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What is the Work Injury Compensation Act?

The Work Injury Compensation Act (WICA) provides injured employees with a low-cost and expeditious alternative to common law to settle compensation claims.

To claim under WICA, the employee only needs to prove that he was injured in a work accident or suffered a disease due to his work. Engaging a lawyer is not required to file a WICA claim. Under WICA, the employer (or employer’s insurer) is liable to pay the compensation regardless of who caused the accident/disease, and even after the employment has ceased or the Work Pass (of a foreign worker) has been cancelled. The amount of compensation is computed based on a fixed formula and is subject to caps. Dependants of deceased employees are also eligible to claim Work Injury Compensation.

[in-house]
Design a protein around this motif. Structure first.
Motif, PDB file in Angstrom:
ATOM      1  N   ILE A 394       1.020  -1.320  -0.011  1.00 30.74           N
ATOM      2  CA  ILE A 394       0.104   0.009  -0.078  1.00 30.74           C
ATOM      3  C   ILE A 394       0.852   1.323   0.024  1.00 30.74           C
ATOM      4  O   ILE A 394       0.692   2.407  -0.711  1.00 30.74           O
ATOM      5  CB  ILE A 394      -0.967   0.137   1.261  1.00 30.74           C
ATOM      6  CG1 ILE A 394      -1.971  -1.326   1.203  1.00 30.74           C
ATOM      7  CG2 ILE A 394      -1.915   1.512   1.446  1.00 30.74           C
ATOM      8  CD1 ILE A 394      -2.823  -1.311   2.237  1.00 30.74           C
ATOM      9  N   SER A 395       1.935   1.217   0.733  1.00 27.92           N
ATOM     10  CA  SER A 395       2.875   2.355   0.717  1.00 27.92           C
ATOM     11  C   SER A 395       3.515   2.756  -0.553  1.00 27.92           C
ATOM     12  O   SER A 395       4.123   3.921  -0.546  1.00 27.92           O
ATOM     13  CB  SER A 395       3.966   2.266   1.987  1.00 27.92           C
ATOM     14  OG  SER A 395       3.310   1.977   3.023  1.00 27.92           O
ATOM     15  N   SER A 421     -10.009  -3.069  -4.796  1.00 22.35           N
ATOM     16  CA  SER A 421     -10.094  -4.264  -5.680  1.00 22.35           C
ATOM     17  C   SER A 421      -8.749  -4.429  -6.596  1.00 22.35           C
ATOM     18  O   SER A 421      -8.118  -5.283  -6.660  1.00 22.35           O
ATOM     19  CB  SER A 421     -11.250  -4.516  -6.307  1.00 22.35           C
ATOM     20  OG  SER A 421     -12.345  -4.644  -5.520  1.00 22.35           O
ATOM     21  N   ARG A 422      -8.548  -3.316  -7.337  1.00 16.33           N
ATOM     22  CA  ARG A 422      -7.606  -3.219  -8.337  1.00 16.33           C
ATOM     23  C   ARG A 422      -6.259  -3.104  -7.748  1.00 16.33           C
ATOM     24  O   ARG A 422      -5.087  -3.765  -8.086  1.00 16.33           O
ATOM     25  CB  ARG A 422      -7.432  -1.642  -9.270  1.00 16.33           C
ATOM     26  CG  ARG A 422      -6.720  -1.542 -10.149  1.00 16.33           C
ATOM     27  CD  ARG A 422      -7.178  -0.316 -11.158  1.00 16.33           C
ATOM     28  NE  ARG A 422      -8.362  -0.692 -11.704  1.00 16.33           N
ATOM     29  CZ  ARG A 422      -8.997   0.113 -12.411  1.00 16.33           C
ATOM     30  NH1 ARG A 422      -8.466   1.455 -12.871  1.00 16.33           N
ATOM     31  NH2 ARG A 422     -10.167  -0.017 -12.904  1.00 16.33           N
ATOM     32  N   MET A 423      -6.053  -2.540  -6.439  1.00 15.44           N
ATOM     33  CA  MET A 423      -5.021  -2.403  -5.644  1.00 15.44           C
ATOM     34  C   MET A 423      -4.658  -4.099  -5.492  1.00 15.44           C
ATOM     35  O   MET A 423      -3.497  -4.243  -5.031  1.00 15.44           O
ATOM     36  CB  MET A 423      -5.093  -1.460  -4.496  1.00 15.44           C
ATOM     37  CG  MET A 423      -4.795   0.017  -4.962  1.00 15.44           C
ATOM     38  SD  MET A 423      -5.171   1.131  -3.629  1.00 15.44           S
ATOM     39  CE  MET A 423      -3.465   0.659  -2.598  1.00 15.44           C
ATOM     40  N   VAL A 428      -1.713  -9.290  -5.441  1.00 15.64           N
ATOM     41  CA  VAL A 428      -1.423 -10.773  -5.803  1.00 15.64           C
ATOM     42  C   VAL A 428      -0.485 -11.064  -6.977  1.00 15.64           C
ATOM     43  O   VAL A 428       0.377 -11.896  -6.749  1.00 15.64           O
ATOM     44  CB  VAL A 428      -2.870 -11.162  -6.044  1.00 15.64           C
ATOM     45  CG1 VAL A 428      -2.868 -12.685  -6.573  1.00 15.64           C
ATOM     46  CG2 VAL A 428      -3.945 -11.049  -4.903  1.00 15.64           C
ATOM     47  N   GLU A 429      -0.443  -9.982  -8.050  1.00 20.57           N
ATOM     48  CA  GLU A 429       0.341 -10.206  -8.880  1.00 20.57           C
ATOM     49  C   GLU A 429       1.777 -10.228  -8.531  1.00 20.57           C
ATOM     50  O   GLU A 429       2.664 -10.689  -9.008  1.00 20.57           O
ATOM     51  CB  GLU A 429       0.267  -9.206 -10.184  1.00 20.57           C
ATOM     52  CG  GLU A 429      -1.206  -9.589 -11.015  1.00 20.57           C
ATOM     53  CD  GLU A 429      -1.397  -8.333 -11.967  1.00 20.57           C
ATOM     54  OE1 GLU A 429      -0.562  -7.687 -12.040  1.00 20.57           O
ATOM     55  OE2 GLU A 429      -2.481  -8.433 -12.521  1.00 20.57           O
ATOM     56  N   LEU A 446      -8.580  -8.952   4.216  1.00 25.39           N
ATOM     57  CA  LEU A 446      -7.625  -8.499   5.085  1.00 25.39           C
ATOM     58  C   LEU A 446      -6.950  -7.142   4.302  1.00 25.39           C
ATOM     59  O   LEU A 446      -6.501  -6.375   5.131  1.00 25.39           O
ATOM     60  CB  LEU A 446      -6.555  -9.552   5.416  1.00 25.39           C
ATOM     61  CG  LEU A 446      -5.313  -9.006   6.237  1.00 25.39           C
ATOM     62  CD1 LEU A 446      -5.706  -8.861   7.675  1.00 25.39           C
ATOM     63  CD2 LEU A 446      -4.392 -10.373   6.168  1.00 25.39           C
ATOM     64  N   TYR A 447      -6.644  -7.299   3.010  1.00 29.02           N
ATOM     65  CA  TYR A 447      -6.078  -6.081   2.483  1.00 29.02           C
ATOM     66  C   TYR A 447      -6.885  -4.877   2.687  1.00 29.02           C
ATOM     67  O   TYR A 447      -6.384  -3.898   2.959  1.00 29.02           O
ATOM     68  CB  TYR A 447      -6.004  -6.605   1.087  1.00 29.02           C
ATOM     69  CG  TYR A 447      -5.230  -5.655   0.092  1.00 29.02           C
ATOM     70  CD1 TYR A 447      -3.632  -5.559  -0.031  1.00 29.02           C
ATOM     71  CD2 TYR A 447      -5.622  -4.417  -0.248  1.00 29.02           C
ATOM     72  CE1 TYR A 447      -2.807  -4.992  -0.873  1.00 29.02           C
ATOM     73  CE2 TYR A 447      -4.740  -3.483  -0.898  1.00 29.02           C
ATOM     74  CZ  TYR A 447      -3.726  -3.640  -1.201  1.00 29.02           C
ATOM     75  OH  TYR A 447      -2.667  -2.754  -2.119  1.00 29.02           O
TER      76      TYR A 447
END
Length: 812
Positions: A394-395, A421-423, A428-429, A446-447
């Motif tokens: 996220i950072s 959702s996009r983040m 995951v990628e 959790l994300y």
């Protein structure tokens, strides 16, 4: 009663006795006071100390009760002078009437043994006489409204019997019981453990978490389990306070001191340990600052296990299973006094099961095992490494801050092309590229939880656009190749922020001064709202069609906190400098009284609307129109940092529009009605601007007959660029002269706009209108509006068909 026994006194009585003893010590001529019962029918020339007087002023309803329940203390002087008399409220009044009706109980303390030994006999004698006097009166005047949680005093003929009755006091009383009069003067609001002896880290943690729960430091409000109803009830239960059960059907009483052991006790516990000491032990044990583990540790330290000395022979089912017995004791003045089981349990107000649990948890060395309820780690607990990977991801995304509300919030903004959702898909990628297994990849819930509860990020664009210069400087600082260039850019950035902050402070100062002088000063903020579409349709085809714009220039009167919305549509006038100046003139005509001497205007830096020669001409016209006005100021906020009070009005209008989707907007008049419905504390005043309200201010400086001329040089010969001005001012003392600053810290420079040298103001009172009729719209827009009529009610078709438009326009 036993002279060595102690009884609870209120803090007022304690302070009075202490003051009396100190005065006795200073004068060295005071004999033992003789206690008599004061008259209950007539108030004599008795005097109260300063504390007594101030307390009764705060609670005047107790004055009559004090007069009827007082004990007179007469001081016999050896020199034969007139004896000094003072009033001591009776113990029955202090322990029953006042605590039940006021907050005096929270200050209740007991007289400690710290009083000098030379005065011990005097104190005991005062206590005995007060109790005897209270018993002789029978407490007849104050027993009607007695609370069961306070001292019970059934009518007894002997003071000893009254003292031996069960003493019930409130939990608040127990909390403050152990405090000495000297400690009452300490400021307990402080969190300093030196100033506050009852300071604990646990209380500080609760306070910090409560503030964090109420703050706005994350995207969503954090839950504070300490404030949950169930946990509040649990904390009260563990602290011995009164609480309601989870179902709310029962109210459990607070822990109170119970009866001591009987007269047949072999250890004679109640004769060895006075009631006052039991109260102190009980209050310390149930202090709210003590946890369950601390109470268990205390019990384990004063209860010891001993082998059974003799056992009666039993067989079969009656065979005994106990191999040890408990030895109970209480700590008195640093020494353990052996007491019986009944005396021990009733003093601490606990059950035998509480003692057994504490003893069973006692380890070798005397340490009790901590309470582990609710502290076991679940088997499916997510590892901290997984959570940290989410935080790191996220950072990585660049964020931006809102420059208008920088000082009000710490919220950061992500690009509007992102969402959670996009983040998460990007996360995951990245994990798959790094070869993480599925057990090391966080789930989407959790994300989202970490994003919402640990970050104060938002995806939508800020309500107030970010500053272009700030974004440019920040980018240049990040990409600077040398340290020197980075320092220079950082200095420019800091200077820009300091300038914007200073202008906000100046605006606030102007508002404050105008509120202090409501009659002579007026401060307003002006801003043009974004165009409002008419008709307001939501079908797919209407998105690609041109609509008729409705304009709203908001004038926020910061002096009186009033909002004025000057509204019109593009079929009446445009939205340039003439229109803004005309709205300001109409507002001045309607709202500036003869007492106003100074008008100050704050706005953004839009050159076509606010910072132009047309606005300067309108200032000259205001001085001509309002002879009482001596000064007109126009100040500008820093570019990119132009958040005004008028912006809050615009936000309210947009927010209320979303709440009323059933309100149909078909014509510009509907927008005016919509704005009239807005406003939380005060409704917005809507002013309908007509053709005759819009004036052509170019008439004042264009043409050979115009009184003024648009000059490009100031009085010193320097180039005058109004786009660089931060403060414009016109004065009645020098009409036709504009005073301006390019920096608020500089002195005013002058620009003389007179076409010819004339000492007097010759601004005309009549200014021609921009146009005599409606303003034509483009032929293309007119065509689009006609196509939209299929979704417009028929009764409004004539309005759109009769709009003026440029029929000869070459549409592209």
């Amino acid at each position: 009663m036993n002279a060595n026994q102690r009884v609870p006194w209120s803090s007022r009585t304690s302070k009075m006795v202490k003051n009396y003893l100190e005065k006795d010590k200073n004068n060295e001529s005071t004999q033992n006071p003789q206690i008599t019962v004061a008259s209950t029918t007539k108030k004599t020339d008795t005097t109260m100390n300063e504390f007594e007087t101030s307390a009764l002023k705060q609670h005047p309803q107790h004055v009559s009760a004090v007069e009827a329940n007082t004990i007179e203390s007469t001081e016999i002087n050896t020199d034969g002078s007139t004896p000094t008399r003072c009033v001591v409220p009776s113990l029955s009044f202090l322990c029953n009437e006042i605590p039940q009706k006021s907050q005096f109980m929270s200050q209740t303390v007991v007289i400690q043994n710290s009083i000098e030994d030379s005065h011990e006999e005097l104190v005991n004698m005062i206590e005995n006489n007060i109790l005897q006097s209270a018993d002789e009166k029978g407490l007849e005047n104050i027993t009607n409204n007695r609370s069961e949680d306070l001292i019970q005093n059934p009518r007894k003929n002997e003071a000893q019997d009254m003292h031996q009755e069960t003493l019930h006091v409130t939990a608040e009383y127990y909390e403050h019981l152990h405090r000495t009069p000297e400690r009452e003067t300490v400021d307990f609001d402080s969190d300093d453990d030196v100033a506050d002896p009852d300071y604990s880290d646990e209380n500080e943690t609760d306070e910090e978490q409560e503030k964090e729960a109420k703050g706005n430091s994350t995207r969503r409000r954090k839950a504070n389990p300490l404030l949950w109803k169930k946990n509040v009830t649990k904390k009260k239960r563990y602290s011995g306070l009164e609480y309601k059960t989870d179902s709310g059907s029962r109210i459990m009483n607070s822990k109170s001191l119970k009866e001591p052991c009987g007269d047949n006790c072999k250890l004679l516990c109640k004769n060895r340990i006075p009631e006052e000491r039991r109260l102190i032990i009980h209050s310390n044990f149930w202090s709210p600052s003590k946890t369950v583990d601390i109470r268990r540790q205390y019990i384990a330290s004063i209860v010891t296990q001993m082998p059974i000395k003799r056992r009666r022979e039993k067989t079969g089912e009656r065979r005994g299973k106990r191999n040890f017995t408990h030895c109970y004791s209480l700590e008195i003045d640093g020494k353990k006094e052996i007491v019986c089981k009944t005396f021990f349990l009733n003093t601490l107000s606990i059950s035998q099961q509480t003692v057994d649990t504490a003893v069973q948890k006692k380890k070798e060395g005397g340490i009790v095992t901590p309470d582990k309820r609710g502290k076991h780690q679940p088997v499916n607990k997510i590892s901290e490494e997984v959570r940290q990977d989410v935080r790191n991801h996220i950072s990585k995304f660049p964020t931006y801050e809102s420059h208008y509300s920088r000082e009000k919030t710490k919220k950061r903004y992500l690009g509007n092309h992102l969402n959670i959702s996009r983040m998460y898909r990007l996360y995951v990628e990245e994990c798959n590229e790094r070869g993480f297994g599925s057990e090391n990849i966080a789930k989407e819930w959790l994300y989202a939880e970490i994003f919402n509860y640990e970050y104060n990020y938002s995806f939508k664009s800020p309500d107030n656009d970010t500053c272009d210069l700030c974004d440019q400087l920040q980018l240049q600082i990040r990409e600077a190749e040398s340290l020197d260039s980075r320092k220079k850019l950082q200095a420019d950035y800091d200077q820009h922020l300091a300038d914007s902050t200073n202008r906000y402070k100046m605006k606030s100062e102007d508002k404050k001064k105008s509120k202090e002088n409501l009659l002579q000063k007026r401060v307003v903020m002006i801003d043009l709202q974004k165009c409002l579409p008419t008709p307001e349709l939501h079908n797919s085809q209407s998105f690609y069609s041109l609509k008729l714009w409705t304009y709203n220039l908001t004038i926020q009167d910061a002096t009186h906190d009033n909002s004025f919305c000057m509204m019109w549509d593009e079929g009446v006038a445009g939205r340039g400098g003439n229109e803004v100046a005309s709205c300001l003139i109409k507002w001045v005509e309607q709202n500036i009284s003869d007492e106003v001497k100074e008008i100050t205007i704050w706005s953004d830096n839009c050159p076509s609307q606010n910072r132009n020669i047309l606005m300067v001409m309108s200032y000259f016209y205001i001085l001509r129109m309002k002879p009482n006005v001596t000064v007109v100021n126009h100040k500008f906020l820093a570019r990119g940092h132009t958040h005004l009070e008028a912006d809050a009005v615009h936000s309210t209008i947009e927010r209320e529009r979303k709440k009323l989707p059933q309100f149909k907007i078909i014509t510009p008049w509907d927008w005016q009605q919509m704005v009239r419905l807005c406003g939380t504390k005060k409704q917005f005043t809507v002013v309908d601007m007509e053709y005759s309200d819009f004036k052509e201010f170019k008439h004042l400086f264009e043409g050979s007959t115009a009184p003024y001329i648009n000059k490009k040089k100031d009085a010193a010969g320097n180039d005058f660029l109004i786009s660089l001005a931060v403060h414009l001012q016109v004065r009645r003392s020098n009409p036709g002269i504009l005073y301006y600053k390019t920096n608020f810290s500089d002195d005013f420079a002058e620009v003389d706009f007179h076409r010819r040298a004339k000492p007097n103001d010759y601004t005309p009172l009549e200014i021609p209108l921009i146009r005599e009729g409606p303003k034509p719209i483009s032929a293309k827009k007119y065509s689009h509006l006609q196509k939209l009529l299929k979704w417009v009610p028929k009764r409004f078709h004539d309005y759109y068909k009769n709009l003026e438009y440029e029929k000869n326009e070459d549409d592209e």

Alternatively, the employee can file a civil suit against the negligent party under common law for damages. However, to succeed, he and his lawyer will need to prove that the employer or a third party had caused his injury. He will also need to substantiate the amount of damages before the Courts, and damages are not capped.

An injured employee can claim from either WICA or common law, but not from both.

Click here for the key difference between claiming under Work Injury Compensation Act and Common Law.

Click here for the changes to the Work Injury Compensation Act effective 1 June 2012.

Click here to view the Work Injury Compensation Act.





Last updated on 02 November 2012 09:19:38